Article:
The prospect of AI based technologies and their ability to solve and provide planning intelligence into key development challenges such as access to water, food security, and health services is being viewed as the next disruptive change. Developing economies place high hopes in AI as a gamechanger to achieve progress towards the UN’s Sustainable Development Goals (SDGs) and economic growth in a globally networked digital economy. However, the rise of AI-based applications and AI-augmented use cases in sectors such as agriculture, healthcare, and education demand basic AI regulation frameworks to create public benefit. Besides discussions on how to put principles such as the UNESCO recommendations on ethical AI into practice and efforts to assess the risks of AI systems such as the European Commission’s draft AI act, countries of the Global South need to ensure that AI does not exacerbate existing inequalities and local needs are met. This session aims to discuss how to empower the Global South to create inclusive AI technology that serves the public interest. On a socio-technological level, we will explore the chances, limitations and use cases of digital public goods (DPG) for AI such as open AI training data and open AI models as well as community efforts to build, govern, and sustain these resources. On a policy level, we will discuss conceptual and normative frameworks that build and curate spaces for discussion around AI regulation. AI regulation must be fundamental to ensure a positive impact of AI technologies for the marginalised population, including but not limited to the questions of licenses, liabilities and capacity building An overall AI regulatory framework that promotes and mandates open-source AI and open-AI models is needed. The discussion shall further progress the usability and utility and empower digital public goods institutional capacities in the global south. Promotion of open-source AI solutions are the need of the hour for a more equitable world and towards unlocking the global effort at access to basic public services.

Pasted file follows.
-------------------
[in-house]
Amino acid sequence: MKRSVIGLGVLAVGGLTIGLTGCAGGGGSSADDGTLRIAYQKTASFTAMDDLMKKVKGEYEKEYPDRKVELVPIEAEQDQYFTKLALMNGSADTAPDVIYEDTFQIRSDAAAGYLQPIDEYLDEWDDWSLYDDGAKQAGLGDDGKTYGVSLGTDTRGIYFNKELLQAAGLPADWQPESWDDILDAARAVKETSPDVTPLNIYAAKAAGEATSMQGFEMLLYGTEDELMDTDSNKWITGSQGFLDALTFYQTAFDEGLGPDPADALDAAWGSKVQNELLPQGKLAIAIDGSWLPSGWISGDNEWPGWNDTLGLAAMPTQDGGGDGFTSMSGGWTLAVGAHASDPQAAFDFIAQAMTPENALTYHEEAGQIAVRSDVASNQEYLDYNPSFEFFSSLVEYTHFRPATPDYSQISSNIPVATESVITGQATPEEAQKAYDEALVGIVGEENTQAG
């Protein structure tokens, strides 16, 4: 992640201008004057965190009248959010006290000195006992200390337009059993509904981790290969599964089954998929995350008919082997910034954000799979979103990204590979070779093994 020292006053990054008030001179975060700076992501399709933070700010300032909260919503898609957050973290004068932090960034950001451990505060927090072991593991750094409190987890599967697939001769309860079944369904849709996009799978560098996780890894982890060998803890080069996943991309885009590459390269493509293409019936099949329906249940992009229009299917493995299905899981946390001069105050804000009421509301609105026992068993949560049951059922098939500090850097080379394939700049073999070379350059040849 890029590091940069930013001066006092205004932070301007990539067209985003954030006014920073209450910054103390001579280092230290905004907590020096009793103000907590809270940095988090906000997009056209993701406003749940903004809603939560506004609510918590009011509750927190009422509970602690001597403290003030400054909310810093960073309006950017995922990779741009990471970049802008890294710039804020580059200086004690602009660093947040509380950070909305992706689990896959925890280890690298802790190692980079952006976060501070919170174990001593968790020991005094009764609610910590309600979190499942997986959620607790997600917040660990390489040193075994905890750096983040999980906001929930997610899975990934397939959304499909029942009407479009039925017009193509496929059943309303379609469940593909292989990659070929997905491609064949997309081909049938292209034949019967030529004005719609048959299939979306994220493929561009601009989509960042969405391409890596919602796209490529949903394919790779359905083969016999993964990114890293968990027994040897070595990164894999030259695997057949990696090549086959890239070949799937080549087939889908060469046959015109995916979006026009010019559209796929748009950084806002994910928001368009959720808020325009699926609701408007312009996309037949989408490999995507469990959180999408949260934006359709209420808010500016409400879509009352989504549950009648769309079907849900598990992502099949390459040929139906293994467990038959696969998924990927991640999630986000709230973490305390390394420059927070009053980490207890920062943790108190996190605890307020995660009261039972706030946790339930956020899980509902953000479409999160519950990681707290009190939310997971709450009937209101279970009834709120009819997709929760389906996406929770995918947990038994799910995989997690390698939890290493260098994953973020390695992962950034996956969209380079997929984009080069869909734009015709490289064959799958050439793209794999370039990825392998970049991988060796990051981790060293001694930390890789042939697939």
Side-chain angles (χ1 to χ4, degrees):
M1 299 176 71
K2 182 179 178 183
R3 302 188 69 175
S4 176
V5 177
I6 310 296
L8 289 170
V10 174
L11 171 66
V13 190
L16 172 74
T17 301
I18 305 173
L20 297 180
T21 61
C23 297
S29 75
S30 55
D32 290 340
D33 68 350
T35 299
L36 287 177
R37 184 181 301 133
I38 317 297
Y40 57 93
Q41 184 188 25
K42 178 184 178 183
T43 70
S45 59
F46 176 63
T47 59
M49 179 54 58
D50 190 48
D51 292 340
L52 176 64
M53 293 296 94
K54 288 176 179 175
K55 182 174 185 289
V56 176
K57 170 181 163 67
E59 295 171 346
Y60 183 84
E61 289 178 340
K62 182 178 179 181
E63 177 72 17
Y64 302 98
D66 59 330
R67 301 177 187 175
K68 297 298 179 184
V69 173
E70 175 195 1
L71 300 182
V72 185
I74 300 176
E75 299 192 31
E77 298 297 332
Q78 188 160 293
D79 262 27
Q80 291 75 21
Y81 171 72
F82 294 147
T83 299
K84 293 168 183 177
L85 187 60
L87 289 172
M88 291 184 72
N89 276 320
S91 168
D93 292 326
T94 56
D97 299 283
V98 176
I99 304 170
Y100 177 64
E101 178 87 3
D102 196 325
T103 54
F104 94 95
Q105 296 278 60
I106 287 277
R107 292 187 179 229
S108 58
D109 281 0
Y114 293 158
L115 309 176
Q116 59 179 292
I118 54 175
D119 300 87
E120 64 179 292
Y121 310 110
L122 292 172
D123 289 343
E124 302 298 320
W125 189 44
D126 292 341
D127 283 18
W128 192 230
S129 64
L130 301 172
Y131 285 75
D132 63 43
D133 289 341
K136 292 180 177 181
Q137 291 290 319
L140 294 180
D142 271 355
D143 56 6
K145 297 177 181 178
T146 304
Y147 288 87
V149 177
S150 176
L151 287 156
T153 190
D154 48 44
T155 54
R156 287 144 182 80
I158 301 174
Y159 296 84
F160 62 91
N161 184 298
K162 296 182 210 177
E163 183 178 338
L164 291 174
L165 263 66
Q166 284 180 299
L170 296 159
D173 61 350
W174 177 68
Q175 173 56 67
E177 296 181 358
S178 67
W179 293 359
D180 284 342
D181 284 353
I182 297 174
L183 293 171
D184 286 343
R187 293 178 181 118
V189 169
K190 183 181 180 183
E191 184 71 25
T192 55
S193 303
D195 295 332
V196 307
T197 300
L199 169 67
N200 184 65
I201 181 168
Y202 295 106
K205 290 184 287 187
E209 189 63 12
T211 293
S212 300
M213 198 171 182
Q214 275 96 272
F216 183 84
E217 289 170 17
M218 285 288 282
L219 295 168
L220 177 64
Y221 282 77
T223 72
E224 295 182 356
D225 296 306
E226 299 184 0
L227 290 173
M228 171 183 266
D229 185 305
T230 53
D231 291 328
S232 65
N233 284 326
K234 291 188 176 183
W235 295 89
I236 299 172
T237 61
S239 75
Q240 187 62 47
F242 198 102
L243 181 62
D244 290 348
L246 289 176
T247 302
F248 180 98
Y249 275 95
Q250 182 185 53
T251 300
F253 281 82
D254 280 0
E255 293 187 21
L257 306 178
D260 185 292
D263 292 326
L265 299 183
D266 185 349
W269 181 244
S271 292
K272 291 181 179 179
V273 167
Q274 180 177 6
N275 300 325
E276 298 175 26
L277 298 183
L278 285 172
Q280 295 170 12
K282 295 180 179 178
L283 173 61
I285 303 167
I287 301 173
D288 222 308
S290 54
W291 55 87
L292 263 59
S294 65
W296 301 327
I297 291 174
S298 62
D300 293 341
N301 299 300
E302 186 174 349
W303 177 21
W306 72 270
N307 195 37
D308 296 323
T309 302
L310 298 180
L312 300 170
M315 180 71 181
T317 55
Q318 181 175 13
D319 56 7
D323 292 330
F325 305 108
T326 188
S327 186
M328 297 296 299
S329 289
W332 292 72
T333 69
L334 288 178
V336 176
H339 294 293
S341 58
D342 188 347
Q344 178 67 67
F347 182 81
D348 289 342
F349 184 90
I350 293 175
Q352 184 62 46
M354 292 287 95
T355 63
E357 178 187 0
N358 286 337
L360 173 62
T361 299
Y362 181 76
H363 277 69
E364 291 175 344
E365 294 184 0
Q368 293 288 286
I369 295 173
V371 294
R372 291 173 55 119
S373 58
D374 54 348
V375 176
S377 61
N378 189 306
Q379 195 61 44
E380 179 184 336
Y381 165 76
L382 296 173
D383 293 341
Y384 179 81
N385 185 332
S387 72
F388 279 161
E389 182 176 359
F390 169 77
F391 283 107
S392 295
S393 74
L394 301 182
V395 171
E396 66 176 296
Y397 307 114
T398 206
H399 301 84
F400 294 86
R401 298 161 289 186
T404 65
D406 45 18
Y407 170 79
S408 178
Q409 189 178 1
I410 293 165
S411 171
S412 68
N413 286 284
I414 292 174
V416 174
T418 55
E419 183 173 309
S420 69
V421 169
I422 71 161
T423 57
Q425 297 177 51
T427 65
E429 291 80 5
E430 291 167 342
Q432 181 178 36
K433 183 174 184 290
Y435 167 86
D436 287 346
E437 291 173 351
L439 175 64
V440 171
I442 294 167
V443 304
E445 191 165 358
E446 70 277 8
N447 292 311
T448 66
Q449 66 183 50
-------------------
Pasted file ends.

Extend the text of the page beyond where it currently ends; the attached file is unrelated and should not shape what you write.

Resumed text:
Expected Outcomes

1. Shared lessons from the pilot or implementation projects in the Global South, that infer the current discussions with regards to AI regulation and inclusion debate. For example, open voice technologies and its impact in healthcare and showcasing the mandate of good practices for the development of digital public goods with regards to standards and global compliance frameworks in Africa 2. Debating the role of provincial governments and government administrative practices about AI regulatory frameworks and methods of developing human-centred, inclusive AI systems that build on the principles of responsible AI 3. Current discussion on data governance, privacy, transparency, and bias that shape the AI regulatory discussion in the Global South and how some these discussions reflect on the potential of digital public goods and contribute to the accessibility and utility of digital public goods in the AI space. 4. How bottlenecks in capacity building and knowledge-expertise are hindering the adoption of any form of AI based technologies.

Hybrid Format: Yes, the event will be hybrid and one of the speakers would be online. The speaker would have sufficient bandwidth and connectivity is good. We would coordinate with the online and the offline teams and would structure the interactions and take measures that online participation is encouraged, and online participants are involved and engaged in the discussions and deliberations. The voice of the online participants shall be prioritised in the discussions.

Online Participation


Usage of IGF Official Tool.